Who sould be getting minimum wages?

Brazil – Constitutional Amendment assuring rights for domestic workers

In Brazil, domestic work remains an important occupation for women and a key component of social organization of care work. In 2013, domestic work accounted for 6.7 per cent of occupations, amounting to a total of 6.4 million people, of which 92.6 per cent were women. It is an occupation dominated by adult (81.6 per cent aged 30 years or older) and black (64 per cent) women workers.

In recent years, within a context of international debate, legislative measures have been approved that aim to expand the rights of this historically fragile category of workers.

In 2013, 25 years after promulgation of the Constitution, a Constitutional Amendment (CA 72) was approved which finally placed domestic workers among the other categories of workers with social rights. Moreover, in 2014, Law 12.964, of 8th April, altered the former law on domestic workers of 1972, imposing fines for employers who fail to formalise the work contract.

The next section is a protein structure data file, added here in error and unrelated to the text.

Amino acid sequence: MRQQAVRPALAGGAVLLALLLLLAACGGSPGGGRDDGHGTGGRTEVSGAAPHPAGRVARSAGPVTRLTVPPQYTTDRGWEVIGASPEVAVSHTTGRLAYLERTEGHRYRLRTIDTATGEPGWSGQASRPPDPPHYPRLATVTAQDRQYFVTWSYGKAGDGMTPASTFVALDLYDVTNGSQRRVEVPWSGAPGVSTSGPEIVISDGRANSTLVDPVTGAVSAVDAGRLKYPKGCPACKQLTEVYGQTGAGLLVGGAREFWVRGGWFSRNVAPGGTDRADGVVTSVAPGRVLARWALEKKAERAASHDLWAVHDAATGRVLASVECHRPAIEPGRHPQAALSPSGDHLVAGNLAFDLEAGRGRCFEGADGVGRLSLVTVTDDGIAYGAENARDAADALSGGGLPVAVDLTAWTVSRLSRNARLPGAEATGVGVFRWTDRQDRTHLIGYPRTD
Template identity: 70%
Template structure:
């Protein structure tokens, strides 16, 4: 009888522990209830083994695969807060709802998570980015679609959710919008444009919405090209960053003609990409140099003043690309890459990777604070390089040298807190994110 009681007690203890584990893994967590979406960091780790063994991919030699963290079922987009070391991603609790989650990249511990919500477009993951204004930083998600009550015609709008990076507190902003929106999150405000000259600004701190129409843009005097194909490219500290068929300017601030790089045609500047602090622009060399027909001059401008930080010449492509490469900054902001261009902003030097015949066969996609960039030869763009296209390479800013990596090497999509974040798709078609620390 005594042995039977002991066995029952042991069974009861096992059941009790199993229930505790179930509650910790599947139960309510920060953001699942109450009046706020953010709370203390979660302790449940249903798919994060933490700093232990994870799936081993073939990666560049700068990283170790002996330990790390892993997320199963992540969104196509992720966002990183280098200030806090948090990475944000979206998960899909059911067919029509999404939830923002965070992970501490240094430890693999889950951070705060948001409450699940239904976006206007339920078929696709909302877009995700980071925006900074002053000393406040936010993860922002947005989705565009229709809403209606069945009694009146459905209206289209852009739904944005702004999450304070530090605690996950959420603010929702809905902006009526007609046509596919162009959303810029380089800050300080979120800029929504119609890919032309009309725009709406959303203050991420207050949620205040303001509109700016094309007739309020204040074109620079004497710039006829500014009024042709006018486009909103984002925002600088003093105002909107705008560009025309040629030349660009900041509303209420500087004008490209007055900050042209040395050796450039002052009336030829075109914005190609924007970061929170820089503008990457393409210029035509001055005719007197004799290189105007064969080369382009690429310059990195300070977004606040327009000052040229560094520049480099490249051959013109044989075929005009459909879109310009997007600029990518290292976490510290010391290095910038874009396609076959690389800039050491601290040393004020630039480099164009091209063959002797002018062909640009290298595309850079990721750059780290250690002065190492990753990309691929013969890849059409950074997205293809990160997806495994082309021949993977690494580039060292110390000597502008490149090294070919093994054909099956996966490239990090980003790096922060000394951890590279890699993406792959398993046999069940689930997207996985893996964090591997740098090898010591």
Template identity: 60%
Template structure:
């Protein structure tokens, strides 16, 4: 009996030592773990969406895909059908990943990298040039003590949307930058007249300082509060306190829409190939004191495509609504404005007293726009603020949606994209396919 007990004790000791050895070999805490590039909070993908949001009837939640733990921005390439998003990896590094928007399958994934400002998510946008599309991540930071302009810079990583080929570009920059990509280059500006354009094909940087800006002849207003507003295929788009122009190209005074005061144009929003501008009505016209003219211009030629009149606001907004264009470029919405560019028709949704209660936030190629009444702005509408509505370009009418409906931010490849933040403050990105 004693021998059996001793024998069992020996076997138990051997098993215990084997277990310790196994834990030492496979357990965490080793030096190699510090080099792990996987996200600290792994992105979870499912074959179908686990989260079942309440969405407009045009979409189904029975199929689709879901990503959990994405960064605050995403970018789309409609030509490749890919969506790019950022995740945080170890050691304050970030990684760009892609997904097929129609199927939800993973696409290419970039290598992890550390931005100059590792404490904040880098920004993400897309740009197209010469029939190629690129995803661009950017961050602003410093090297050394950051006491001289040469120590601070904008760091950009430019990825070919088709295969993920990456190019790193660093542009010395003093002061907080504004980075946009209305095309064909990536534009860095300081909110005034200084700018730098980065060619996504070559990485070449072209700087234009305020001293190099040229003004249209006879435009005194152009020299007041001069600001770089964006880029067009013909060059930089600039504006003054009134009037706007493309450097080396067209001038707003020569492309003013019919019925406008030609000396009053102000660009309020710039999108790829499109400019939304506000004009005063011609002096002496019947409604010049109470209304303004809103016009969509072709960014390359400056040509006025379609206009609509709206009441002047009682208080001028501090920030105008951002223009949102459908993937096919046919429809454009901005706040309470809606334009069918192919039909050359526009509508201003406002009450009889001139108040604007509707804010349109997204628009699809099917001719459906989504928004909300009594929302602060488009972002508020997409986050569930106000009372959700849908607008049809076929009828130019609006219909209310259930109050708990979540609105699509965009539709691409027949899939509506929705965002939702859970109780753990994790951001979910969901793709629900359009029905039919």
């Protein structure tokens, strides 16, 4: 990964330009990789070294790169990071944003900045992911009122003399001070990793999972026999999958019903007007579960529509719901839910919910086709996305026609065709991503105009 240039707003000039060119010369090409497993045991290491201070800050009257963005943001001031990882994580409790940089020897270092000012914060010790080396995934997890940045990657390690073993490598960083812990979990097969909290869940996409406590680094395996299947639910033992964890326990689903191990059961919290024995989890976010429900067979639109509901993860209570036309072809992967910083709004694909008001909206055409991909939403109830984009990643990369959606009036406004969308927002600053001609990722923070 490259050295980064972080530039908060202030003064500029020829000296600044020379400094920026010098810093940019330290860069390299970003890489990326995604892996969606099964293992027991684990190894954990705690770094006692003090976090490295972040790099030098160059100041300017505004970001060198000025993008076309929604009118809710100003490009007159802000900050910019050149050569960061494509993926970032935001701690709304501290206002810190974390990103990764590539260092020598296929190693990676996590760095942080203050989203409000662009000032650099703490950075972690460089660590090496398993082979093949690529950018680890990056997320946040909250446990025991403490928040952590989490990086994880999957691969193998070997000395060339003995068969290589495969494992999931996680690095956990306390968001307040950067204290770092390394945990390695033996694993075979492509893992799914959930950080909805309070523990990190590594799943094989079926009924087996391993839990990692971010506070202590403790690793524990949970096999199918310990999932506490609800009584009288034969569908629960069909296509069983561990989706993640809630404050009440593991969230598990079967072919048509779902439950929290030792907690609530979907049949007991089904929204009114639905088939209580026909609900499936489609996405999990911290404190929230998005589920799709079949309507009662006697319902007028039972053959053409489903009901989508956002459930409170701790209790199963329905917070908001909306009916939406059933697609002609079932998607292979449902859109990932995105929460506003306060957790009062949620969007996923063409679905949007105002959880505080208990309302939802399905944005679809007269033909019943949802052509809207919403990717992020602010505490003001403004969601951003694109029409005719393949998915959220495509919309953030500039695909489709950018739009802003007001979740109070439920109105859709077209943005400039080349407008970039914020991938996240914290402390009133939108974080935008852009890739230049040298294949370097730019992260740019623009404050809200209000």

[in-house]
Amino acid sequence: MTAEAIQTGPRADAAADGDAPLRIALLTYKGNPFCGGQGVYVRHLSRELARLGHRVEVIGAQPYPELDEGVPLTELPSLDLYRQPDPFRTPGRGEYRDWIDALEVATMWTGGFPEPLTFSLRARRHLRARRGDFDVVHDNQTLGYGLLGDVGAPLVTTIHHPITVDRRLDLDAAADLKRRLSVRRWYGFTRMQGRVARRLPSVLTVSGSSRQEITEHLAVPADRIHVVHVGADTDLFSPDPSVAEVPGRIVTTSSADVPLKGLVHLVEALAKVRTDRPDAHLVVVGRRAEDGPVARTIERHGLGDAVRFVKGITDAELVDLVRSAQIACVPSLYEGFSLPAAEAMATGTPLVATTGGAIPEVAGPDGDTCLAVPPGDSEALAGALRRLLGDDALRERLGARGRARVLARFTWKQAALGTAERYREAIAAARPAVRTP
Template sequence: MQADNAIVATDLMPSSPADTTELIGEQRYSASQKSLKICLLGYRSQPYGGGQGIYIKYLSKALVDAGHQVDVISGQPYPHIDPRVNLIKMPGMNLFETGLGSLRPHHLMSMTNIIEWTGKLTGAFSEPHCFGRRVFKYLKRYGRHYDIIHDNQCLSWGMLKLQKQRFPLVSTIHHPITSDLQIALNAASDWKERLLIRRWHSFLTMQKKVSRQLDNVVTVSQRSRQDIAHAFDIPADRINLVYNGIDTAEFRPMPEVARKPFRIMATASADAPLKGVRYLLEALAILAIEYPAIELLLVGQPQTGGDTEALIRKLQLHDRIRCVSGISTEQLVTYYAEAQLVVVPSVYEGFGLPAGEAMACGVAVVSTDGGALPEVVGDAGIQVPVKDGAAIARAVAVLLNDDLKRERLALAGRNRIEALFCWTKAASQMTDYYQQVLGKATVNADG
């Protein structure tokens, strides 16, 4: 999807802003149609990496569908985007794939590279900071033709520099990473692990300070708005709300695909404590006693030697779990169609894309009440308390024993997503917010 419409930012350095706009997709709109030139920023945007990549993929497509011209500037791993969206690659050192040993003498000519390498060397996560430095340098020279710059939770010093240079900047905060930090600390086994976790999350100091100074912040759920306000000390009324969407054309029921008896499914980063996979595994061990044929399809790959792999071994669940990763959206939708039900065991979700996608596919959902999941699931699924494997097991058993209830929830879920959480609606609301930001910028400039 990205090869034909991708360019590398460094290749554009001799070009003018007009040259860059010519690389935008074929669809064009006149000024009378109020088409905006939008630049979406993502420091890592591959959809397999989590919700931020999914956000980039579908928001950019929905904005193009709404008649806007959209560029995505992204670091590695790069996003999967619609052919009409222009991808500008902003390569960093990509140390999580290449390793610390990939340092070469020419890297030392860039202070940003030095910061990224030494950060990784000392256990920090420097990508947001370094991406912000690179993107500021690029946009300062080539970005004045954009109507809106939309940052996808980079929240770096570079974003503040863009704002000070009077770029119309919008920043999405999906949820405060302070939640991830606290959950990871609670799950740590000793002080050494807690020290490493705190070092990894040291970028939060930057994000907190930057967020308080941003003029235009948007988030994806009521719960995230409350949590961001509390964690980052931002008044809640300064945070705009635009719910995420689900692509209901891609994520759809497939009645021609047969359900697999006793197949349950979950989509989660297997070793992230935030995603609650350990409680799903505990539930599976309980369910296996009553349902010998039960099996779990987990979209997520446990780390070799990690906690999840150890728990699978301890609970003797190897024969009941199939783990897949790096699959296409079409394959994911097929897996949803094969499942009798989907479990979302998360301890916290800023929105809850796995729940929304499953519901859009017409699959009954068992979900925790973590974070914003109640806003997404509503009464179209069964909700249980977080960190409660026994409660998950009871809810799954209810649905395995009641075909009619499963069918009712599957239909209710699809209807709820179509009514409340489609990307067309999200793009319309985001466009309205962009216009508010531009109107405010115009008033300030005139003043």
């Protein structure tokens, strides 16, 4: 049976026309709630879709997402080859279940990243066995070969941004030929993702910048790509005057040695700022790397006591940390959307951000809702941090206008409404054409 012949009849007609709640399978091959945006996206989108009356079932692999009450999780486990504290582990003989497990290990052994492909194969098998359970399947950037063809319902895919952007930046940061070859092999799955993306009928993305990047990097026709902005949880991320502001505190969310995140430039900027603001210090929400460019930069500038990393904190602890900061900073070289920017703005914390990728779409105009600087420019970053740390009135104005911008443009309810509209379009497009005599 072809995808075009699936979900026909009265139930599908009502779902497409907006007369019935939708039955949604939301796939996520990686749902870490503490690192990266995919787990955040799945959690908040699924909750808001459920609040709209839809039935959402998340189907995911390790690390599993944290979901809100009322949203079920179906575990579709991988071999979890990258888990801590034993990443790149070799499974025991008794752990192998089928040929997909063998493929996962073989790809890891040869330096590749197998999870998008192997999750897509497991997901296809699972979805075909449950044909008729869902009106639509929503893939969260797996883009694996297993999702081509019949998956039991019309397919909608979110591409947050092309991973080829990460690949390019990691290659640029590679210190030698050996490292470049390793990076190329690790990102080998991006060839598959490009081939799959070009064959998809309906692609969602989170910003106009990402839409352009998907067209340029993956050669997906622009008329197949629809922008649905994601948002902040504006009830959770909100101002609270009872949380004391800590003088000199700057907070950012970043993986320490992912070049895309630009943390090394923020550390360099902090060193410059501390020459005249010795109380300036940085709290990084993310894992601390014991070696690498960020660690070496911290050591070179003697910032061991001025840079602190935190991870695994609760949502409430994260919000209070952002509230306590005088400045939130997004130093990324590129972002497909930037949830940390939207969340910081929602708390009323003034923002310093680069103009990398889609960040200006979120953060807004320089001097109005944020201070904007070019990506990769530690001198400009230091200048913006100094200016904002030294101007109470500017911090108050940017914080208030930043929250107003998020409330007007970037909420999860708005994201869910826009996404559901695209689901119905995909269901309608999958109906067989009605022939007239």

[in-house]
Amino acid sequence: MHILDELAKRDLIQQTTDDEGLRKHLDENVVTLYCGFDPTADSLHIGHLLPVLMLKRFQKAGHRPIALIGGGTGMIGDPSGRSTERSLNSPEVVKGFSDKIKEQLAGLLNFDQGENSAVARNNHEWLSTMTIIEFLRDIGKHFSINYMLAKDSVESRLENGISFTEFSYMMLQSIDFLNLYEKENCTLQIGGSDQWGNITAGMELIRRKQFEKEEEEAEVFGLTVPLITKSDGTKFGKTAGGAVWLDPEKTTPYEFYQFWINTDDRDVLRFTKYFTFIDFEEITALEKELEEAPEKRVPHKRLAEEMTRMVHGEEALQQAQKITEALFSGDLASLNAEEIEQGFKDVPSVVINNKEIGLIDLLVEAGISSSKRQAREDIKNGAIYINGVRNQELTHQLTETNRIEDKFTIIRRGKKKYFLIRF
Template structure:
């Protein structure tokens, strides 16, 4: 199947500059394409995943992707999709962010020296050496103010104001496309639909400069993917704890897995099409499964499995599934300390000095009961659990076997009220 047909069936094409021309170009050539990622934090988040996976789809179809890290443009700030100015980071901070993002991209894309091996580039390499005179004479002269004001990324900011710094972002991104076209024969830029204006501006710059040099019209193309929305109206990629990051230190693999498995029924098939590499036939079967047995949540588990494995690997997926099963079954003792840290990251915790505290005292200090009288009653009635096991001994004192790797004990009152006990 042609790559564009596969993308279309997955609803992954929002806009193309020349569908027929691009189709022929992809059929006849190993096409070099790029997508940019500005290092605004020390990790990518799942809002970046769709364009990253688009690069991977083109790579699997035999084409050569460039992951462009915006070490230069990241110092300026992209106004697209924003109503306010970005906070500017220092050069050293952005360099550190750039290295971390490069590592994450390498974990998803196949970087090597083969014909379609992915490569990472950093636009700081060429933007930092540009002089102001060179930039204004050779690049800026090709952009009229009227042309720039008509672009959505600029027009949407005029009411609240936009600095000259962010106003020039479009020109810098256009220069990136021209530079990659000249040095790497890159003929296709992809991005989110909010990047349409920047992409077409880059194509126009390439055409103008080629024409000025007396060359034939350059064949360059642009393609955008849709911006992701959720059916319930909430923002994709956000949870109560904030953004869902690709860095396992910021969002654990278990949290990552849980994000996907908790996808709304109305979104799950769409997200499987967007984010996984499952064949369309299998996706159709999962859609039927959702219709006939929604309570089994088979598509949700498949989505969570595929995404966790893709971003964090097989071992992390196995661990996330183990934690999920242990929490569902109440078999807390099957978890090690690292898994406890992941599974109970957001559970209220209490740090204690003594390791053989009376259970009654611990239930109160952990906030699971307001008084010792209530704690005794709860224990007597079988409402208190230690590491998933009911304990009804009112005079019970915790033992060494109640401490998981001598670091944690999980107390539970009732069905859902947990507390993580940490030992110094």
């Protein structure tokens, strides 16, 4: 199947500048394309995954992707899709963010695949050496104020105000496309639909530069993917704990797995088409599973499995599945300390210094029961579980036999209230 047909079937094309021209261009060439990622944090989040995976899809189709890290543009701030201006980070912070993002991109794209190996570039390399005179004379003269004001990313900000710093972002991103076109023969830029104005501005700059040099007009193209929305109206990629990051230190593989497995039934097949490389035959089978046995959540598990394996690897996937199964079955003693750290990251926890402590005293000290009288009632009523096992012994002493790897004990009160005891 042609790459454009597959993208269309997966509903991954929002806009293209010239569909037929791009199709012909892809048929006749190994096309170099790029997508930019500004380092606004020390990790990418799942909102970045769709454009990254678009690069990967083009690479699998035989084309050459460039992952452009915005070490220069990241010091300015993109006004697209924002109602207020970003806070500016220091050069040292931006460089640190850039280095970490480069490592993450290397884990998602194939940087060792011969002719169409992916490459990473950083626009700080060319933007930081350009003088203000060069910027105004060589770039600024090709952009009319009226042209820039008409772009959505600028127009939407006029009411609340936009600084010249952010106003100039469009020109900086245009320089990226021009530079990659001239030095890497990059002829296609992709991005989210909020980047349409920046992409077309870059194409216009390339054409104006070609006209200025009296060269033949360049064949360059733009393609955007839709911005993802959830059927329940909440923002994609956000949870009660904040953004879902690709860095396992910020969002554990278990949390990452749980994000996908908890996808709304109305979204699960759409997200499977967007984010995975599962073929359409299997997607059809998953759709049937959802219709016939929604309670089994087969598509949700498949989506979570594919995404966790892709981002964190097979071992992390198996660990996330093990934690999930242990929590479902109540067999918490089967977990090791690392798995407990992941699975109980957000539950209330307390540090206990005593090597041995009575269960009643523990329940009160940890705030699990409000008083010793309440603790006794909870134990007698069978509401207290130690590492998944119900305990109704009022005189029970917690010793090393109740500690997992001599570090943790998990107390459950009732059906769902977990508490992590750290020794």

With promulgation of CA 72, Brazilian domestic workers are now assured of a whole series of rights, including minimum wages, but also compensation in the event of dismissal without just cause; unemployment insurance; bonuses for night work (20%); wage protection (it being a crime to intentionally withhold wages); a work day of no more than eight hours and forty-four hours a week; overtime pay of no less than 50% higher than the normal hourly rate; the right to work in a place where standards of hygiene, health and safety are met; or insurance against work-related accidents.

Source: IPEA. 2016. Initial Effects of Constitutional Amendment 72 on domestic work in Brazil, ILO Working Paper, Geneva.